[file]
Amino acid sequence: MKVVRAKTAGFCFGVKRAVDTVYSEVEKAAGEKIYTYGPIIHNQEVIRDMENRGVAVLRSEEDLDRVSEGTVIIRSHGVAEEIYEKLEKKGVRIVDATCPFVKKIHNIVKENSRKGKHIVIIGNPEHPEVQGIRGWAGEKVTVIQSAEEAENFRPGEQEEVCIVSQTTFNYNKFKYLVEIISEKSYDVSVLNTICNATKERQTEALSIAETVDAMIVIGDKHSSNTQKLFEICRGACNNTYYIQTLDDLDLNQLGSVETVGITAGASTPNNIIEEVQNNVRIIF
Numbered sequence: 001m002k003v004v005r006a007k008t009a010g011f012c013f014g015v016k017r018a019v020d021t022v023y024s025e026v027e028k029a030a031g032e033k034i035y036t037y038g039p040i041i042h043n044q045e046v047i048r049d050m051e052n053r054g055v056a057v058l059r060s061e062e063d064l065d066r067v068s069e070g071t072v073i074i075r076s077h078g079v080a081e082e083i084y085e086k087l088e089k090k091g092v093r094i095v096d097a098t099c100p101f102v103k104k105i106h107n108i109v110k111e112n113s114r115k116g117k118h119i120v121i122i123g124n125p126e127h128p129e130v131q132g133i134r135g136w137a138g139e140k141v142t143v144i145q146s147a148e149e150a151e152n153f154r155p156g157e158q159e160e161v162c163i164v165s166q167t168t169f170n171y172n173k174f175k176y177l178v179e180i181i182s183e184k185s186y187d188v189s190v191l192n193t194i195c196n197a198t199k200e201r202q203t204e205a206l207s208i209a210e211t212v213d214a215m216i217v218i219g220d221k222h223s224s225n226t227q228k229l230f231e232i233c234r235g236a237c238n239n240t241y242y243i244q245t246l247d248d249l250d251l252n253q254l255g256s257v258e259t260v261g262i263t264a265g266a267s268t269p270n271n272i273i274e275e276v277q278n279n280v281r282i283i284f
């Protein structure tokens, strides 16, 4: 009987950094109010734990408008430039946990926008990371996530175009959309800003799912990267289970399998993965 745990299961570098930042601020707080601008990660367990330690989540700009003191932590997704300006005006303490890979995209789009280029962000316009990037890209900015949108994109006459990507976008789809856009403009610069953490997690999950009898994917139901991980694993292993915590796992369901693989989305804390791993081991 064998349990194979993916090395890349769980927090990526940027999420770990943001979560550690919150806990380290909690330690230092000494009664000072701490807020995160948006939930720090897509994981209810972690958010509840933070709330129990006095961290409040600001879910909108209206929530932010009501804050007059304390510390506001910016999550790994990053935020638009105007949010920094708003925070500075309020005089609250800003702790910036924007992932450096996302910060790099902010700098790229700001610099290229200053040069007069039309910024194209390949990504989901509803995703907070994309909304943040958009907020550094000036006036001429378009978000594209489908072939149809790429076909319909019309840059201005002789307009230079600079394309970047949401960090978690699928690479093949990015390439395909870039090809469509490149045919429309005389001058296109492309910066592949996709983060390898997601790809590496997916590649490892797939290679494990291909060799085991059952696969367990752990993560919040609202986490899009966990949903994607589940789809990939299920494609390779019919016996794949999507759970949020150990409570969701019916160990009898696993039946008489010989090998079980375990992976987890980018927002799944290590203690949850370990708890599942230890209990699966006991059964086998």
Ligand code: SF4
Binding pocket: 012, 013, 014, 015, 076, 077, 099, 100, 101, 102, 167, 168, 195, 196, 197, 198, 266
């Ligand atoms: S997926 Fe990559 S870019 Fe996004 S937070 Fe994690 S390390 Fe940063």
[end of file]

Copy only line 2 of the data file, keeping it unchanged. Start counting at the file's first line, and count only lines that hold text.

Numbered sequence: 001m002k003v004v005r006a007k008t009a010g011f012c013f014g015v016k017r018a019v020d021t022v023y024s025e026v027e028k029a030a031g032e033k034i035y036t037y038g039p040i041i042h043n044q045e046v047i048r049d050m051e052n053r054g055v056a057v058l059r060s061e062e063d064l065d066r067v068s069e070g071t072v073i074i075r076s077h078g079v080a081e082e083i084y085e086k087l088e089k090k091g092v093r094i095v096d097a098t099c100p101f102v103k104k105i106h107n108i109v110k111e112n113s114r115k116g117k118h119i120v121i122i123g124n125p126e127h128p129e130v131q132g133i134r135g136w137a138g139e140k141v142t143v144i145q146s147a148e149e150a151e152n153f154r155p156g157e158q159e160e161v162c163i164v165s166q167t168t169f170n171y172n173k174f175k176y177l178v179e180i181i182s183e184k185s186y187d188v189s190v191l192n193t194i195c196n197a198t199k200e201r202q203t204e205a206l207s208i209a210e211t212v213d214a215m216i217v218i219g220d221k222h223s224s225n226t227q228k229l230f231e232i233c234r235g236a237c238n239n240t241y242y243i244q245t246l247d248d249l250d251l252n253q254l255g256s257v258e259t260v261g262i263t264a265g266a267s268t269p270n271n272i273i274e275e276v277q278n279n280v281r282i283i284f